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The abalone fishing industry in southern Oman – an important source of livelihood for traditional fishing communities distributed along the coast of Dhofar Governorate – is set for a big boost with an anticipated uptick in the commercial farming of this hugely coveted seafood delicacy.
The first of two abalone farming projects initiated last year in the Governorate is due to produce its maiden harvest this year. Oman Aquaculture Company, set up by Al Jazeera Investments at a cost of around RO 5.7 million, will celebrate this year the harvest of its first crop of ‘Golden Abalone’ (Haliotis Mariae) from its newly established farm in Mirbat.
The Mirbat project represents a successful effort to commercially produce Golden Abalone, a high-value locally occurring species that is billed as one of the highest quality and most valuable species of abalone in the world. Together with a similar venture under development at Sharbathat (Wilayat of Shaleem al Al Halaniyat Islands), the projects are aimed at sustaining the farming of Omani abalone for local consumption and export as well.
For centuries, Omani fishermen and women have been harvesting naturally occurring abalone at key locations off the Dhofar coast. Equipped with locally fashioned wetsuits, but without the benefit of breathing apparatus, they have mastered the art of diving in shallow waters and scouring the seafloor for these shelled gastropods, which are found clinging to rocks. In recent decades, abalone fishing has been restricted to a brief season during winter to help conserve and sustain the industry.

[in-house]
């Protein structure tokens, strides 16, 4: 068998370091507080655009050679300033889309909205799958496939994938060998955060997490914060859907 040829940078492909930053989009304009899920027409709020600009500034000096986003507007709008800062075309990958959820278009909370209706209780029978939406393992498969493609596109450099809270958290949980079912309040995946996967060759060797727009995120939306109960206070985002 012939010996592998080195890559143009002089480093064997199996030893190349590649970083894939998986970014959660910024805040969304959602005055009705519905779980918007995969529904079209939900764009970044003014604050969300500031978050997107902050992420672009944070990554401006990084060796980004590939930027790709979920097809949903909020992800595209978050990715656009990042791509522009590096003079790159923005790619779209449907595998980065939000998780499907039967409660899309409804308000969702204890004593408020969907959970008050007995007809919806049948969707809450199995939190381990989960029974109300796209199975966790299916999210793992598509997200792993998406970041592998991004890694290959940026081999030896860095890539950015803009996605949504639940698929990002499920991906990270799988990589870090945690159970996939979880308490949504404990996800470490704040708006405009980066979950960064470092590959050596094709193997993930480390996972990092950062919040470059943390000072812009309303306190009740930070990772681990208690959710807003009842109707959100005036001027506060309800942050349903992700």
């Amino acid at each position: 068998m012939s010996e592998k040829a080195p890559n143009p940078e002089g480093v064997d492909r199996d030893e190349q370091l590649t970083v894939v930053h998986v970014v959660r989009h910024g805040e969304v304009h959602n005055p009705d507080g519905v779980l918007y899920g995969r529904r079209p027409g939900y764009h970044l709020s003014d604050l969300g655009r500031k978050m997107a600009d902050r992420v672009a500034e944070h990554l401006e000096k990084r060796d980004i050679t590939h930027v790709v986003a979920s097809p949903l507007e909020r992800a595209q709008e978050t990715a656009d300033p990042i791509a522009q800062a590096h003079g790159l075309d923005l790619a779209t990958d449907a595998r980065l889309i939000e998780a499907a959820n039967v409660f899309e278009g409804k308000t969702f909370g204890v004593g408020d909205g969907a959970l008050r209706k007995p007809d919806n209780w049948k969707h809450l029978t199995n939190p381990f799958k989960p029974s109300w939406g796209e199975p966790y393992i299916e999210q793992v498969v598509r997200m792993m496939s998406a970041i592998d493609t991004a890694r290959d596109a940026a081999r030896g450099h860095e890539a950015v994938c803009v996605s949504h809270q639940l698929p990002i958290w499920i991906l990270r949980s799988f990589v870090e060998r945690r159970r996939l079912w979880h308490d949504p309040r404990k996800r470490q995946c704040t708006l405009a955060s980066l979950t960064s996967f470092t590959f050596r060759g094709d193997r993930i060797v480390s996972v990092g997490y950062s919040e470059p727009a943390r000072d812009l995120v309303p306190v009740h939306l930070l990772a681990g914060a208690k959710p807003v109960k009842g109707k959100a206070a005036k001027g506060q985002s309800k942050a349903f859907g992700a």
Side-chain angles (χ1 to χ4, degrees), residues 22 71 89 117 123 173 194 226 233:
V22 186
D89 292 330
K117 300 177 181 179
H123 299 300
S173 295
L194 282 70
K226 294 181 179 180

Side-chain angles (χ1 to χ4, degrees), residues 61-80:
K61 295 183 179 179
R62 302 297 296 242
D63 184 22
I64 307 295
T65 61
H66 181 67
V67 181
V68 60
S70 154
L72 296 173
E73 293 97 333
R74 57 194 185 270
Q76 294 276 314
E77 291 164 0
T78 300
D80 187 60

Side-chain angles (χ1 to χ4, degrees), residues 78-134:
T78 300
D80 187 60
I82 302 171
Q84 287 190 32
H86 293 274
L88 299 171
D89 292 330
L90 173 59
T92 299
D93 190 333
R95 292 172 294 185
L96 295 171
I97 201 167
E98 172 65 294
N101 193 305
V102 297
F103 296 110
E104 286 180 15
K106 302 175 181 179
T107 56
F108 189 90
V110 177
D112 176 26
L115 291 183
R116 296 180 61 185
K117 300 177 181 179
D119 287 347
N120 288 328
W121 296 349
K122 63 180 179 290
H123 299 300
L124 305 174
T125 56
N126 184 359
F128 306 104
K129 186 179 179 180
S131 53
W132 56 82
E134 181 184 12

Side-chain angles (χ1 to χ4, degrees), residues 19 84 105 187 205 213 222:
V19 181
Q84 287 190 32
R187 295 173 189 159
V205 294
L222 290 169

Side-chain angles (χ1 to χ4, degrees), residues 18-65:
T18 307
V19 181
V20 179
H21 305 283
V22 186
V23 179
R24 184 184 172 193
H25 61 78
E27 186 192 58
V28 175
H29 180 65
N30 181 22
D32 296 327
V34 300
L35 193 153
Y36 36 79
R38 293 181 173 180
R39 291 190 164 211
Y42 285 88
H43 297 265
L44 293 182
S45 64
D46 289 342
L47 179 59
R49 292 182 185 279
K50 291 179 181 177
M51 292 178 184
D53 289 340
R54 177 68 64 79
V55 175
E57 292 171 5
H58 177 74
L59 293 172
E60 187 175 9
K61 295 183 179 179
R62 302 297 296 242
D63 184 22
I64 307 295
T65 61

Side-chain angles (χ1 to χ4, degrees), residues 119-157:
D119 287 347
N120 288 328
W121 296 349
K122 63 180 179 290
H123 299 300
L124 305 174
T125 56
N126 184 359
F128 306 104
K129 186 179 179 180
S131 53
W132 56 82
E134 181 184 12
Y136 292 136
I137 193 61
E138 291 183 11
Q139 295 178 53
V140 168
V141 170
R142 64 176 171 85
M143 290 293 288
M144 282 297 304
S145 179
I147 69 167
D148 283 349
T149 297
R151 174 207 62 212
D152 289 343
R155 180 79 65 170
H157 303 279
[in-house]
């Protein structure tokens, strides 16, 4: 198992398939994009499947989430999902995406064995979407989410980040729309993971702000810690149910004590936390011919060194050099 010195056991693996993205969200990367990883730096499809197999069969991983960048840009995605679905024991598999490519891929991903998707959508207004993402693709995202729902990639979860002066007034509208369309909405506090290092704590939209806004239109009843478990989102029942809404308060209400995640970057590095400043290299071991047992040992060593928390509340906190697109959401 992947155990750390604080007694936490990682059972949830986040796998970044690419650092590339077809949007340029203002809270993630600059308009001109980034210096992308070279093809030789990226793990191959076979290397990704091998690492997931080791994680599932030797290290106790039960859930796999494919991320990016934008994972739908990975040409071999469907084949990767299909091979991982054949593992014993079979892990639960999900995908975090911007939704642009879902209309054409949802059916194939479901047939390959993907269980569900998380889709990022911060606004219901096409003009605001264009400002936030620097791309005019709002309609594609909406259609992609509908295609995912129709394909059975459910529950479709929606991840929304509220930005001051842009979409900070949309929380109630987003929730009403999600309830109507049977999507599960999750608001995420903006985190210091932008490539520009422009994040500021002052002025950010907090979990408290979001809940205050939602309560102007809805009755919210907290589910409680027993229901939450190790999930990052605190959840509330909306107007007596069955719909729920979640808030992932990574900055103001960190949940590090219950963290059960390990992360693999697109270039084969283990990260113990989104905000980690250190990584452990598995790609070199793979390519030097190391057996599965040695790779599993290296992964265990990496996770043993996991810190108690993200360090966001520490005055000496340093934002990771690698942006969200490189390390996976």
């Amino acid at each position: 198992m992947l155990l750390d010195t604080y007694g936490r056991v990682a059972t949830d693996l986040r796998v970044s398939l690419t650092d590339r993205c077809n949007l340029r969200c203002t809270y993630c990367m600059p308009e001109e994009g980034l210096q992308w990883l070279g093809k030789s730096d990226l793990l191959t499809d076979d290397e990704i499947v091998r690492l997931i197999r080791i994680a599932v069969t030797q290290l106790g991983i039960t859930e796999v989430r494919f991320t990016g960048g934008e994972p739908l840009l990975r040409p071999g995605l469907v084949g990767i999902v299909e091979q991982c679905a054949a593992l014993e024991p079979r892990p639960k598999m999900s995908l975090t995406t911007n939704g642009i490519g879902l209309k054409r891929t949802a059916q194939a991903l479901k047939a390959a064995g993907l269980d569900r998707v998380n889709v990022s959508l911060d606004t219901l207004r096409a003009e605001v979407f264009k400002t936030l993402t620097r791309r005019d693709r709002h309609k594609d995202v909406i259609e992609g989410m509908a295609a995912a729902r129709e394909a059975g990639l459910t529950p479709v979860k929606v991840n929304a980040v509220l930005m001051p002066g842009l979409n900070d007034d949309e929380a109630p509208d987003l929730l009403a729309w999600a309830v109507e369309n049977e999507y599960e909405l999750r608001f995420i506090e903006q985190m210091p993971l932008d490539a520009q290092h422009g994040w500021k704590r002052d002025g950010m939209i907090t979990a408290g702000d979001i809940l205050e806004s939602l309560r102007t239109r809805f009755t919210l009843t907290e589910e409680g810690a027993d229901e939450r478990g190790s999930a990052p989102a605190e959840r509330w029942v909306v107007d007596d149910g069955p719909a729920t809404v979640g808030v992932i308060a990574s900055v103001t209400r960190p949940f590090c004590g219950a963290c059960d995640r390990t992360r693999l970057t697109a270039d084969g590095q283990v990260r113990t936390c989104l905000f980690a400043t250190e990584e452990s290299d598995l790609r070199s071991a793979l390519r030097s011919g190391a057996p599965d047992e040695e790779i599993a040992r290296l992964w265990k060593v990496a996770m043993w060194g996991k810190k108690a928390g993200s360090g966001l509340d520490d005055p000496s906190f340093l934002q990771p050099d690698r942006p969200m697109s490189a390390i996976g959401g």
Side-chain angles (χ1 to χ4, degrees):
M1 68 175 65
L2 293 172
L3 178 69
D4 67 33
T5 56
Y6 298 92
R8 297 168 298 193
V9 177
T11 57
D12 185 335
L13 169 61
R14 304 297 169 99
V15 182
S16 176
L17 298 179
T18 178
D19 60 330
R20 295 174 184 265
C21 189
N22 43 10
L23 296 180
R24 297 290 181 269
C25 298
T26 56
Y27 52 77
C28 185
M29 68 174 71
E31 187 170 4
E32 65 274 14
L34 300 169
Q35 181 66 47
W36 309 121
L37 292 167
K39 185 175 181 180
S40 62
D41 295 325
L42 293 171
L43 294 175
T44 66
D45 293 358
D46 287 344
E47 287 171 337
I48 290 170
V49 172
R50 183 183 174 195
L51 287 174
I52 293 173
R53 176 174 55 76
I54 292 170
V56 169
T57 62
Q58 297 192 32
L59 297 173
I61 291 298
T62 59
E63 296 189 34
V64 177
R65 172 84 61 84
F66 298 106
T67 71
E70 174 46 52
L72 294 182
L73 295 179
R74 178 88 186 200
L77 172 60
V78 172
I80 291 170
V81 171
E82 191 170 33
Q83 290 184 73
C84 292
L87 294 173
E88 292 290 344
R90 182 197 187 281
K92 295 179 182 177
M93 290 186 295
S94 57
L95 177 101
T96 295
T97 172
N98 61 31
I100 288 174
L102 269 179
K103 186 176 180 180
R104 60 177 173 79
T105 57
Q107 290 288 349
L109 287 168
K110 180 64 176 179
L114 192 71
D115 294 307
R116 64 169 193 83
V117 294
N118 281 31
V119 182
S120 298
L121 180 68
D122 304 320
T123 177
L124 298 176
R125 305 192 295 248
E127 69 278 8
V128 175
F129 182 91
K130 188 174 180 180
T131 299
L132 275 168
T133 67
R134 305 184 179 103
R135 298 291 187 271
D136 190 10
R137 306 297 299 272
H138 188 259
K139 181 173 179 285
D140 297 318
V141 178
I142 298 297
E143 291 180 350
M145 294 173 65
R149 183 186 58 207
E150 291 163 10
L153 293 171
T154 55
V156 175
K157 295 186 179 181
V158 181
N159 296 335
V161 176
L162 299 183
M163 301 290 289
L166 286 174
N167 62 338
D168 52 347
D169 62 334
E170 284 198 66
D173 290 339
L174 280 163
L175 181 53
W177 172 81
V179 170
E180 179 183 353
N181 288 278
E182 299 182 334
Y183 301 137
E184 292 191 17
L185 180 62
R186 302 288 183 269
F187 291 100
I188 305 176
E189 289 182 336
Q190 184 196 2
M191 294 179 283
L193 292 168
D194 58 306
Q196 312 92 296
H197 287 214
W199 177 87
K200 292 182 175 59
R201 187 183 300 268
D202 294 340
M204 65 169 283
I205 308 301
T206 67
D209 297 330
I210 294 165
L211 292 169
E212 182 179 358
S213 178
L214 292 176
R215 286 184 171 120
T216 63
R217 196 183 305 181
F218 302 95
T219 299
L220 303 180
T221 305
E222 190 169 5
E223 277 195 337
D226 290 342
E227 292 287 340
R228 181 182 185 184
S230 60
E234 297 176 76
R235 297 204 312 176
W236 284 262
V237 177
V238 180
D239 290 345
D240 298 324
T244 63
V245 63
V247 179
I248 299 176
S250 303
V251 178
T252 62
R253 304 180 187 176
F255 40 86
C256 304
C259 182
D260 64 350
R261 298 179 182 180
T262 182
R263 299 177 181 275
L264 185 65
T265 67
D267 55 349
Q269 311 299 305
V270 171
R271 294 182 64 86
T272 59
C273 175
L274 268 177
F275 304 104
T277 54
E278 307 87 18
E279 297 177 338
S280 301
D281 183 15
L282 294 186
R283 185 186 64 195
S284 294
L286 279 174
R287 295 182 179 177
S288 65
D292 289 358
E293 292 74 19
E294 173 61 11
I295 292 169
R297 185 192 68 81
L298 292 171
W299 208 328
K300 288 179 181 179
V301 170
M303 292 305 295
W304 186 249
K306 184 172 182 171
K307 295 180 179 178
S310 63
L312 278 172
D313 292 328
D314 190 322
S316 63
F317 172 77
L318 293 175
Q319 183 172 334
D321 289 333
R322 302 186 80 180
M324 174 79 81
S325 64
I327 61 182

But given the soaring demand for abalone, particularly in markets in the Far East, international and local investors have explored the potential for commercial farming of the lucrative seafood. Assisting the interested parties in the expeditious processing of approvals and permits for their investments has been Implementation Support & Follow-up Unit (ISFU) of the Diwan of Royal Court, a high-powered committee tasked with fast-tracking projects and initiatives aimed at accelerating Oman’s economic diversification.
Besides facilitating approvals for the 200-tons per annum capacity Mirbat farm, ISFU has also rendered similar assistance to Al Jazeera Investments in the delivery of the Sharbathat abalone farm. Construction work on the RO 5.6 million farm project is due to be wrapped up shortly. At full capacity, it will produce around 450 tons of farmed abalone per year. Separately, the parent company is also setting up a hatchery and 50-ton-capacity grow-out farm for abalone broodstock at Al Lakbi on Oman’s Wusta coast.
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